Listen With Your Eyes is one of the album’s weakest tracks, one of the half-baked rockers that seem to fill up a lot of the later 10cc albums and rather undo the idea suggested by the last track that 10cc are in the music business because they’re just so suited to the art-form that they can’t help but be anywhere else. This song features some clichéd lyrics about a tunnel-visioned rock musician who prefers guitars to sitars and doesn’t have time for anything he can’t rock to. At first you think this is going to be another of this album’s songs about being in the wrong place, but no – so sure is the rather pig-headed narrator that his likes and dislikes are right and everybody else’s are wrong that he sounds only too sure about his place in the world. 10cc recorded several variations on this theme but thankfully mainly kept them for B-sides apart from this (Nothing Can Move Me (Like My Rock and Roll Do) is perhaps the best example). This song’s sudden switch in genre, from a lot of sweet ballads to a 50s retro sounding rocker, is a nice idea though and Stewart’s guitar work again shows what a fine and under-rated player he was (and still is when not in semi-retirement as he is these days).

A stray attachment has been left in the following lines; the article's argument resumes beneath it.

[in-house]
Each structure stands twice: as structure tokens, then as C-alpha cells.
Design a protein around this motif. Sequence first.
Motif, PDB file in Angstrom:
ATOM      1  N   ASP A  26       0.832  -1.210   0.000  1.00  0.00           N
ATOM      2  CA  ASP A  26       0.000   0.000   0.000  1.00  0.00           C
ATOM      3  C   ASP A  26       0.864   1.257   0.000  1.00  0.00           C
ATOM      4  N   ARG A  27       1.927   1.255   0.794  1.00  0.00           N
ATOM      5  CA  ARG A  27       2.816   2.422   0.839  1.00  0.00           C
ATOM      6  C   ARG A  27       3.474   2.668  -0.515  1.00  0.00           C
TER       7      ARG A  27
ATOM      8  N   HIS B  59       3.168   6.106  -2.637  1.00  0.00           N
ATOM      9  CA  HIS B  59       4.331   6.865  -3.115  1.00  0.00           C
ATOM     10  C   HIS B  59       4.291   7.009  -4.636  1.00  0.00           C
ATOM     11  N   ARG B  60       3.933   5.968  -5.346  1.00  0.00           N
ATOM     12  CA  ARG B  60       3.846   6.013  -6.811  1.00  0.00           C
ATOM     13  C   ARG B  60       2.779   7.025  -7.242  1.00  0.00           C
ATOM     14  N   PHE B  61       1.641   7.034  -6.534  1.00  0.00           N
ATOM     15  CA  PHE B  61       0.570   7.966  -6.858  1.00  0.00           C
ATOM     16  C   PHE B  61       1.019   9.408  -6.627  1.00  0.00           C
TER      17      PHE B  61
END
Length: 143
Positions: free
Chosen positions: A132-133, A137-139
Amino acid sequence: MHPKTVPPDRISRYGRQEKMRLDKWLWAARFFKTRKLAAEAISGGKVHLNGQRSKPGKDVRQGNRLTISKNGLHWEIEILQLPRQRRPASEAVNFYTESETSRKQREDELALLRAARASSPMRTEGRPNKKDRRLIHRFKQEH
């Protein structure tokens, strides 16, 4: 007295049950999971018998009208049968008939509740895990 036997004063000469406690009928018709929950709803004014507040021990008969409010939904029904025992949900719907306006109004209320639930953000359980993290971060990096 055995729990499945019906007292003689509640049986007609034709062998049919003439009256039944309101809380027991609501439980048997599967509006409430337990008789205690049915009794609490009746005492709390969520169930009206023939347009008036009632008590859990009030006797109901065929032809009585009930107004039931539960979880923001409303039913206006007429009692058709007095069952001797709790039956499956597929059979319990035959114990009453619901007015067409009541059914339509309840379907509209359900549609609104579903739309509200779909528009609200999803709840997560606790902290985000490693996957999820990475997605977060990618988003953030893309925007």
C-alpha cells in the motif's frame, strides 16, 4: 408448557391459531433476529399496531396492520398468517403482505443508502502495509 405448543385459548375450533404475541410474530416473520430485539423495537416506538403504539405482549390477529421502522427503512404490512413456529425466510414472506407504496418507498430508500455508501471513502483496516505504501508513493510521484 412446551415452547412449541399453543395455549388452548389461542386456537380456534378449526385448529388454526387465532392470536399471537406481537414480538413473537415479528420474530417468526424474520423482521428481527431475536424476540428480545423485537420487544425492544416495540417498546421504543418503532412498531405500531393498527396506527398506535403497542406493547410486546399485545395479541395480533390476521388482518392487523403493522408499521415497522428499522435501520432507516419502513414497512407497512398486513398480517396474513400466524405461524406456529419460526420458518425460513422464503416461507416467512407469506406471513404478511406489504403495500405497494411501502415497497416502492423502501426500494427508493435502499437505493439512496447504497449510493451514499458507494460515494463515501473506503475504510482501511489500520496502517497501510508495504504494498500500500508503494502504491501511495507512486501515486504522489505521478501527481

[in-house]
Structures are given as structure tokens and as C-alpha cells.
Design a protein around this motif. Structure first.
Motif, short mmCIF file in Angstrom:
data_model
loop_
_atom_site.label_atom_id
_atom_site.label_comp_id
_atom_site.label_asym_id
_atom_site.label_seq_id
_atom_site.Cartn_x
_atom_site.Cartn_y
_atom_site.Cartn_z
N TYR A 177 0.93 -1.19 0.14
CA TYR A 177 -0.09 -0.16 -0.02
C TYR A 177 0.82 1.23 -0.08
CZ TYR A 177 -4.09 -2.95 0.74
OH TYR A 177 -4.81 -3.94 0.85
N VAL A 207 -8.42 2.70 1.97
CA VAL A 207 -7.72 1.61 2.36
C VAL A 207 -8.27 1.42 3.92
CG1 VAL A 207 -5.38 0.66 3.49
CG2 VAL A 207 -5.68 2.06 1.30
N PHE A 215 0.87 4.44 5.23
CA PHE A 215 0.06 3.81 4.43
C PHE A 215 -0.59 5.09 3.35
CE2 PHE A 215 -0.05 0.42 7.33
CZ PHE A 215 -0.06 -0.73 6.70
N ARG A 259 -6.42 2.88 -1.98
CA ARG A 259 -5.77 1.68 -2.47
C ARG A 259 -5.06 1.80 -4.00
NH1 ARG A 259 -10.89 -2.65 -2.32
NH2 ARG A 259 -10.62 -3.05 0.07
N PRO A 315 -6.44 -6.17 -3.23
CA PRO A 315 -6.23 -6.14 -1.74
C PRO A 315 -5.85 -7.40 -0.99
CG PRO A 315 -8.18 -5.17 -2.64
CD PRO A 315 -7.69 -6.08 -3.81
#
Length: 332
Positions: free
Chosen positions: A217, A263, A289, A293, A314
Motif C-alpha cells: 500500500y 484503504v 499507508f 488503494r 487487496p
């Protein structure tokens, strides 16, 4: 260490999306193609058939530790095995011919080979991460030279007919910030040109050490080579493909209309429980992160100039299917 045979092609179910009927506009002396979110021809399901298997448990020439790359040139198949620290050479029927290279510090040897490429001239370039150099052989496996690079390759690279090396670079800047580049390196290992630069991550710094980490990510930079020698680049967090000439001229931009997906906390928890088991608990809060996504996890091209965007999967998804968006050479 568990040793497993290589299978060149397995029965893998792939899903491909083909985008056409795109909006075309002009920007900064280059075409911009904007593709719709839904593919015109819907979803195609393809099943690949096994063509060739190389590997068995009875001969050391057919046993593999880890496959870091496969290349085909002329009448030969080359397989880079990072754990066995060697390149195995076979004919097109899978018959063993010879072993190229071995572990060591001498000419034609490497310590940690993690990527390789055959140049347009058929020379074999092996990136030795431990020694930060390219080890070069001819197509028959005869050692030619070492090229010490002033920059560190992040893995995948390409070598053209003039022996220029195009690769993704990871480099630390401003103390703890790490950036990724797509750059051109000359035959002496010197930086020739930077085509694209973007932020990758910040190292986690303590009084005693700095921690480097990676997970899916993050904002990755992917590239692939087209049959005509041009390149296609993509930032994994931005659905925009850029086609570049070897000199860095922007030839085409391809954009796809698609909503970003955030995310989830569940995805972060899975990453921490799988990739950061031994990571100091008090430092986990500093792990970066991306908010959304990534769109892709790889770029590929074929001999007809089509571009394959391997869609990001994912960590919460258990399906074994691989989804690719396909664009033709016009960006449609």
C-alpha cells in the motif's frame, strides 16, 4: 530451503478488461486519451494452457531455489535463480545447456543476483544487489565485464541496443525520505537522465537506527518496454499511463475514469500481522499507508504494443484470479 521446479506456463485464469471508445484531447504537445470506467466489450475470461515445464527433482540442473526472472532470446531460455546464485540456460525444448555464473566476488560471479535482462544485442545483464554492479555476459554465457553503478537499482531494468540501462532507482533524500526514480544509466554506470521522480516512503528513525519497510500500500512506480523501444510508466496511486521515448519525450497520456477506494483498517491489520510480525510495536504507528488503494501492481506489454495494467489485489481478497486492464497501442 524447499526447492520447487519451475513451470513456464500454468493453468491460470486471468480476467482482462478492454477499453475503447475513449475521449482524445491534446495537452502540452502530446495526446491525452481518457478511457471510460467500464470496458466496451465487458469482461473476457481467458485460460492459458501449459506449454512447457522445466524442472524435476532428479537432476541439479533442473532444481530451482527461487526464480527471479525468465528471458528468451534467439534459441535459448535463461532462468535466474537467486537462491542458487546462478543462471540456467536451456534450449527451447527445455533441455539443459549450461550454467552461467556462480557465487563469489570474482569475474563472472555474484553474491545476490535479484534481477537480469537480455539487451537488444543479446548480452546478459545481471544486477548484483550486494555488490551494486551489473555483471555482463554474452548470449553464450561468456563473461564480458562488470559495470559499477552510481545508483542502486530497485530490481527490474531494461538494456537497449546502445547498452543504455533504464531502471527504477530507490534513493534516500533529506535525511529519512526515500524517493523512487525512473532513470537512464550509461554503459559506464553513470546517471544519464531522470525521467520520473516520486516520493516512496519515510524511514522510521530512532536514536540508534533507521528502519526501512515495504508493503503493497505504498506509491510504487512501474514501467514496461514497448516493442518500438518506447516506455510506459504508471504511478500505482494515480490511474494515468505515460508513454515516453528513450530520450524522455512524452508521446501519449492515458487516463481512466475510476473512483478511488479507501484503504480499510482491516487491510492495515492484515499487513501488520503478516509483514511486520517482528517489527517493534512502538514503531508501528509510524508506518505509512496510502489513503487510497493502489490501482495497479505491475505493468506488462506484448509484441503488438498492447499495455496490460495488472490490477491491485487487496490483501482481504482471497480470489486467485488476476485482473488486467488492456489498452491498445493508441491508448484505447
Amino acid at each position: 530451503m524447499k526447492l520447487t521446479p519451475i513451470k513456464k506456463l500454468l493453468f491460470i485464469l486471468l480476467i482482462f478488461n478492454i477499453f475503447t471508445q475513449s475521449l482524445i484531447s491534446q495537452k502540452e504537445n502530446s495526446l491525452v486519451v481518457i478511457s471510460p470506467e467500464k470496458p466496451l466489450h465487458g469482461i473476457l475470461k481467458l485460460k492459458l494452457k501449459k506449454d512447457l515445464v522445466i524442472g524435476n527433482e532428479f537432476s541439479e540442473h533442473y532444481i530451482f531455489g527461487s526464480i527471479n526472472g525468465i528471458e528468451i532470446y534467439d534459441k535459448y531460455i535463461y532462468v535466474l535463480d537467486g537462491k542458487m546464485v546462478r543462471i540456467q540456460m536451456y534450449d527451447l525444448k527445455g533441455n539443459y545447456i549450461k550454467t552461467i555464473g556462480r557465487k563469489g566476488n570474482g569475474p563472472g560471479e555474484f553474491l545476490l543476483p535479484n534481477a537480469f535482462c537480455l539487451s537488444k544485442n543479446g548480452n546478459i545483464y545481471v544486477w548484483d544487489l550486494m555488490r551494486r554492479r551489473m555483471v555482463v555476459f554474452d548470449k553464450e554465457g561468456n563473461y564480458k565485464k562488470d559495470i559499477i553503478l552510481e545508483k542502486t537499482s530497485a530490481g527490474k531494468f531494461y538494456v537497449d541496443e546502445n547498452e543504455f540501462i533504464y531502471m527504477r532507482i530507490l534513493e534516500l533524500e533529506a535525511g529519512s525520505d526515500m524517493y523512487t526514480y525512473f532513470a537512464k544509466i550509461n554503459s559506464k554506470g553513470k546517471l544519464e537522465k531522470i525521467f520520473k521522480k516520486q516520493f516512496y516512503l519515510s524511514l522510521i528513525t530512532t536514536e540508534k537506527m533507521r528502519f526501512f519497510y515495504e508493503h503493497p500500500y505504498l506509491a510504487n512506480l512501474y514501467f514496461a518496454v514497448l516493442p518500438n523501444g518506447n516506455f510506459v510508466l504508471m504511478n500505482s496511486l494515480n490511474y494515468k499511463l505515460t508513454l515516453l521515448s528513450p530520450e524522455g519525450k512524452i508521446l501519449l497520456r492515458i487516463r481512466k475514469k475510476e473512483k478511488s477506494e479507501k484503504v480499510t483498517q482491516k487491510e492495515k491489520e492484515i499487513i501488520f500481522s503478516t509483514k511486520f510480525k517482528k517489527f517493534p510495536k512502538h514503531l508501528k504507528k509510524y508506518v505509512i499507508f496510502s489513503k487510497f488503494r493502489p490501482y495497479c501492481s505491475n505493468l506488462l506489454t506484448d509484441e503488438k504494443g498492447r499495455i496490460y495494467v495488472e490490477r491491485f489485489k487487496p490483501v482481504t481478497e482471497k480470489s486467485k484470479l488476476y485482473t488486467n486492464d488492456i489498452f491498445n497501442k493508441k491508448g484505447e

Lying Here With You is a return to the big ballad, but unusually for this band it’s piano rather than guitar or synthesiser-based and – even more unusually – its sung straight throughout without a twist in the tale. Gentle and romantic, with some nice low-mixed strings in the background, its undoubtedly one of Stewart’s prettier songs – but annoyingly, its one that any good composer with an ear for melody could have written rather than an oddball 10cc classic. Like Gilbert O’Sullivan’s tales of love addiction on the last album review (what was in the air in 1980?!), this song finds Stewart denying that he could ever have too much of a good thing and can’t get the girl of this song out of his mind. Again, there’s a brief mention of this album’s theme of a narrator sticking to his guns and being himself even though everybody tells him he and his choice of partners is wrong, which is a nice subtle link back to this album’s main theme. This is a lovely song but, despite its merits and thematic links to the other songs, it sounds completely out of place on this album and might have been better saved for a solo release (presumably Gouldman isn’t on the track at all, as its certainly Stewart playing the piano this time around ands there isn’t much else on this backing track at all).